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Randi Hernandez was science editor at BioPharm International from September 2014 to May 2017.
The company said its DevClin business will continue to be an integral part of its long-term biologics business growth strategy.
Catalent said in a third-quarter earnings call on Nov. 3, 2015 that although all of its reporting segments posted revenue growth, the growth in its development and clinical services segment (DevClin) was the most significant, increasing by double digits.
The DevClin business includes scientific services and formulation and development services for molecules that the company eventually plans to commercially manufacture. Catalent attributed the revenue increase in this sector (an increase of 32% year-over-year) to "increased sales across the segment and a favorable shift in revenue mix within analytical services related to our oral solids development and manufacturing business." Matthew Walsh, CFO, said that the increased revenue on the DevClin side is indicative of increased R&D spending at pharmaceutical companies. He also said that further growth in this sector will be crucial for the company's overall long-term growth.
Walsh added that the formation of Catalent's new advisory board will help the company focus on building its biologics business further. He said that the new board "brings diverse expertise in biologics development and commercialization, new technologies, contract services, and a deep understanding of the key challenges facing biologics."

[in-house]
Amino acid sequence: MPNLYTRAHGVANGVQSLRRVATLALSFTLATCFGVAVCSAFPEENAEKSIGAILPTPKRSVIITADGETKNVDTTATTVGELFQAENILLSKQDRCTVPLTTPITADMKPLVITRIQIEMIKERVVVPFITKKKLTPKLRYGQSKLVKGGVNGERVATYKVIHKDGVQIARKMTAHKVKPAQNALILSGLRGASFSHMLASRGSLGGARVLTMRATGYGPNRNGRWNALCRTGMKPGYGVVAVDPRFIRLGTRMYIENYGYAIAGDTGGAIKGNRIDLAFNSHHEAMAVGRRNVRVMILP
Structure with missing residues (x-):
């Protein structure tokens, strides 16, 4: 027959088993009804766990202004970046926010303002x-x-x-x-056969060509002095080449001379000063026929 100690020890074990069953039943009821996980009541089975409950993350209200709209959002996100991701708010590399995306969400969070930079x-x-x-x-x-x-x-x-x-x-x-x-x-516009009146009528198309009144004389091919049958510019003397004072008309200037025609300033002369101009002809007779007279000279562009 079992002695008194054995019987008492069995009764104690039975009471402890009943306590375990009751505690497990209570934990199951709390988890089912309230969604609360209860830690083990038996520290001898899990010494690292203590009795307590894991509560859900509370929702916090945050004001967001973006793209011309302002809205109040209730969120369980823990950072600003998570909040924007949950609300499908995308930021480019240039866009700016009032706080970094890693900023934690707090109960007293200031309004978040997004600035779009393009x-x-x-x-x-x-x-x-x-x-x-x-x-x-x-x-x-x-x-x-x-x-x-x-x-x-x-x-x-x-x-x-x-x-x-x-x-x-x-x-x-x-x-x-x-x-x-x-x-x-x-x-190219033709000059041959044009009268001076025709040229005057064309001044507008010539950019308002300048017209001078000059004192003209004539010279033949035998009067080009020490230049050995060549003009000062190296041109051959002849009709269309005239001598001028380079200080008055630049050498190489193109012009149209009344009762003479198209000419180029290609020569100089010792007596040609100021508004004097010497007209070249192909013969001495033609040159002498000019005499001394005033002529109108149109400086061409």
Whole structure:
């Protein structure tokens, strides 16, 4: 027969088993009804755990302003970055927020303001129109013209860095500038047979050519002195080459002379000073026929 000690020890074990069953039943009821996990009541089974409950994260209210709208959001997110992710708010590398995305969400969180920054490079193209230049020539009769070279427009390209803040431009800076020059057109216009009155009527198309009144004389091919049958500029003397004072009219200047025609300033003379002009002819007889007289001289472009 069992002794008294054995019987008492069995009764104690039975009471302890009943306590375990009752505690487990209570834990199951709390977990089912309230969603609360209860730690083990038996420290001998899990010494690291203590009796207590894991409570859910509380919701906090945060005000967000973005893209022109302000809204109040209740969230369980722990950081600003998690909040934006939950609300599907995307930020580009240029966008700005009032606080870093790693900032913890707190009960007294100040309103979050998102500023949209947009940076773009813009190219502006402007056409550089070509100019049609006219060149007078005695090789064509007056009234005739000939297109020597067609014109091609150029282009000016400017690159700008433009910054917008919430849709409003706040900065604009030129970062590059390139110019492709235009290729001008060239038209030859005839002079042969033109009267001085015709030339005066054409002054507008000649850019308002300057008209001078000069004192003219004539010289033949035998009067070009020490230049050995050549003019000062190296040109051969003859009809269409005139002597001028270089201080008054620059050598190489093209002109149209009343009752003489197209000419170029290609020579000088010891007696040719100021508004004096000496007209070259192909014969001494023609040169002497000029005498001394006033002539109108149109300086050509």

Mixed results in the medication delivery solutions segment
In Catalent's medication delivery solutions segment, its blow-fill-seal offering "continues to be one of our strongest performing businesses," posting double-digit revenue and EBITDA growth in the first quarter, Walsh said. This trend is expected to continue, he remarked: "Market fundamentals for blow-fill-seal remain attractive, with a robust new product pipeline and continued product mix shift to higher-margin products."
Although Catalent reported growth in its medication delivery solutions unit-growth that was primarily due to higher revenue from its blow-fill-seal technology platform and "revenue from the completion of project milestones within biologics"-the revenue growth was partially offset by decreased demand for sterile injectable products from its European prefilled syringe plant. The company reported a revenue decrease of 18% in this department year-on-year.
Source: Seeking Alpha